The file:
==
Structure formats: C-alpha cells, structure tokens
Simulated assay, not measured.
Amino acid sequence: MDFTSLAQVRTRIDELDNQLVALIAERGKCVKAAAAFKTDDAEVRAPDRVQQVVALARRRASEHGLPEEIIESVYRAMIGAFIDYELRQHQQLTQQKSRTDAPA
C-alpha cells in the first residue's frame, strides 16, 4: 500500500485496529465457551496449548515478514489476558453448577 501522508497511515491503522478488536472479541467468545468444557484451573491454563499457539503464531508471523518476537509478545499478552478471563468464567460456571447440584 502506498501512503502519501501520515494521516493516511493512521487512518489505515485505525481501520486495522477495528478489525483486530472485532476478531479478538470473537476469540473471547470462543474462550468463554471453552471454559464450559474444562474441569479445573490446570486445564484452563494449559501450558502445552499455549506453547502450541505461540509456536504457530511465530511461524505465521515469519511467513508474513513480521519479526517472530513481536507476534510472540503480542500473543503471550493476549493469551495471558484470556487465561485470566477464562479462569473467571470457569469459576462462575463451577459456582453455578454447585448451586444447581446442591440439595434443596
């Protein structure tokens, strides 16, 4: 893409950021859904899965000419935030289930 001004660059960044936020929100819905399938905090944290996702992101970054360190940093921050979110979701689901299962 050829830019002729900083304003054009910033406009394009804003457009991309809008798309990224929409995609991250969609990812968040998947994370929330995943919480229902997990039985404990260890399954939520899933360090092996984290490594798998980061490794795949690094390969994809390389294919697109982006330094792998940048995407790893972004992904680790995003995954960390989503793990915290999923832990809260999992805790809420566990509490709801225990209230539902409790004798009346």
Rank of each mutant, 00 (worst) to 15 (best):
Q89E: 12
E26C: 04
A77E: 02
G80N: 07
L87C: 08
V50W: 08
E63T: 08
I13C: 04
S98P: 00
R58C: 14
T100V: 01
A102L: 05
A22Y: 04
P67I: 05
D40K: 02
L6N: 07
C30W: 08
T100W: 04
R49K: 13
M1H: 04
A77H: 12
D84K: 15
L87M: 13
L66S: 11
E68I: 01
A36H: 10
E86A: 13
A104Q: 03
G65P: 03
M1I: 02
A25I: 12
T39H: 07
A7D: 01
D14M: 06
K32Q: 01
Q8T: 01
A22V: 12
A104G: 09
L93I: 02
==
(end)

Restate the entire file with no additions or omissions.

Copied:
Structure formats: C-alpha cells, structure tokens
Simulated assay, not measured.
Amino acid sequence: MDFTSLAQVRTRIDELDNQLVALIAERGKCVKAAAAFKTDDAEVRAPDRVQQVVALARRRASEHGLPEEIIESVYRAMIGAFIDYELRQHQQLTQQKSRTDAPA
C-alpha cells in the first residue's frame, strides 16, 4: 500500500485496529465457551496449548515478514489476558453448577 501522508497511515491503522478488536472479541467468545468444557484451573491454563499457539503464531508471523518476537509478545499478552478471563468464567460456571447440584 502506498501512503502519501501520515494521516493516511493512521487512518489505515485505525481501520486495522477495528478489525483486530472485532476478531479478538470473537476469540473471547470462543474462550468463554471453552471454559464450559474444562474441569479445573490446570486445564484452563494449559501450558502445552499455549506453547502450541505461540509456536504457530511465530511461524505465521515469519511467513508474513513480521519479526517472530513481536507476534510472540503480542500473543503471550493476549493469551495471558484470556487465561485470566477464562479462569473467571470457569469459576462462575463451577459456582453455578454447585448451586444447581446442591440439595434443596
């Protein structure tokens, strides 16, 4: 893409950021859904899965000419935030289930 001004660059960044936020929100819905399938905090944290996702992101970054360190940093921050979110979701689901299962 050829830019002729900083304003054009910033406009394009804003457009991309809008798309990224929409995609991250969609990812968040998947994370929330995943919480229902997990039985404990260890399954939520899933360090092996984290490594798998980061490794795949690094390969994809390389294919697109982006330094792998940048995407790893972004992904680790995003995954960390989503793990915290999923832990809260999992805790809420566990509490709801225990209230539902409790004798009346």
Rank of each mutant, 00 (worst) to 15 (best):
Q89E: 12
E26C: 04
A77E: 02
G80N: 07
L87C: 08
V50W: 08
E63T: 08
I13C: 04
S98P: 00
R58C: 14
T100V: 01
A102L: 05
A22Y: 04
P67I: 05
D40K: 02
L6N: 07
C30W: 08
T100W: 04
R49K: 13
M1H: 04
A77H: 12
D84K: 15
L87M: 13
L66S: 11
E68I: 01
A36H: 10
E86A: 13
A104Q: 03
G65P: 03
M1I: 02
A25I: 12
T39H: 07
A7D: 01
D14M: 06
K32Q: 01
Q8T: 01
A22V: 12
A104G: 09
L93I: 02